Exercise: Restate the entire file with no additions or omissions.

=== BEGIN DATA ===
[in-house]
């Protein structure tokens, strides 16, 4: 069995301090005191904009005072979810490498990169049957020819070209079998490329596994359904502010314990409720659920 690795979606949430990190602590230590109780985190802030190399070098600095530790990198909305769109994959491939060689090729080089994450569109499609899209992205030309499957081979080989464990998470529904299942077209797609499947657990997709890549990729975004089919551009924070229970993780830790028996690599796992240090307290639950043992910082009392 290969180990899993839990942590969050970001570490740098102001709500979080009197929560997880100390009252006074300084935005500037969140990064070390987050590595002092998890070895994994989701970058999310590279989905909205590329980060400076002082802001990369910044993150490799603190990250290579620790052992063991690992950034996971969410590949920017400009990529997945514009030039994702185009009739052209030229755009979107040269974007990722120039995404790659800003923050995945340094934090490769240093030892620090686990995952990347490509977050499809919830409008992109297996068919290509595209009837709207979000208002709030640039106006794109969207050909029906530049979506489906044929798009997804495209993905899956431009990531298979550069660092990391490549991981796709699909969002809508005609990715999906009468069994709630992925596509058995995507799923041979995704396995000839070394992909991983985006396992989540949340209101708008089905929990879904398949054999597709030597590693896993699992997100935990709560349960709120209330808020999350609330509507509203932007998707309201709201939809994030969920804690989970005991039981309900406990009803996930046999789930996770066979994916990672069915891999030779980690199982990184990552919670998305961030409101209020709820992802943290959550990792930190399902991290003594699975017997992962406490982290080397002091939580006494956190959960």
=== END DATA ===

[in-house]
């Protein structure tokens, strides 16, 4: 069995301090005191904009005072979810490498990169049957020819070209079998490329596994359904502010314990409720659920 690795979606949430990190602590230590109780985190802030190399070098600095530790990198909305769109994959491939060689090729080089994450569109499609899209992205030309499957081979080989464990998470529904299942077209797609499947657990997709890549990729975004089919551009924070229970993780830790028996690599796992240090307290639950043992910082009392 290969180990899993839990942590969050970001570490740098102001709500979080009197929560997880100390009252006074300084935005500037969140990064070390987050590595002092998890070895994994989701970058999310590279989905909205590329980060400076002082802001990369910044993150490799603190990250290579620790052992063991690992950034996971969410590949920017400009990529997945514009030039994702185009009739052209030229755009979107040269974007990722120039995404790659800003923050995945340094934090490769240093030892620090686990995952990347490509977050499809919830409008992109297996068919290509595209009837709207979000208002709030640039106006794109969207050909029906530049979506489906044929798009997804495209993905899956431009990531298979550069660092990391490549991981796709699909969002809508005609990715999906009468069994709630992925596509058995995507799923041979995704396995000839070394992909991983985006396992989540949340209101708008089905929990879904398949054999597709030597590693896993699992997100935990709560349960709120209330808020999350609330509507509203932007998707309201709201939809994030969920804690989970005991039981309900406990009803996930046999789930996770066979994916990672069915891999030779980690199982990184990552919670998305961030409101209020709820992802943290959550990792930190399902991290003594699975017997992962406490982290080397002091939580006494956190959960």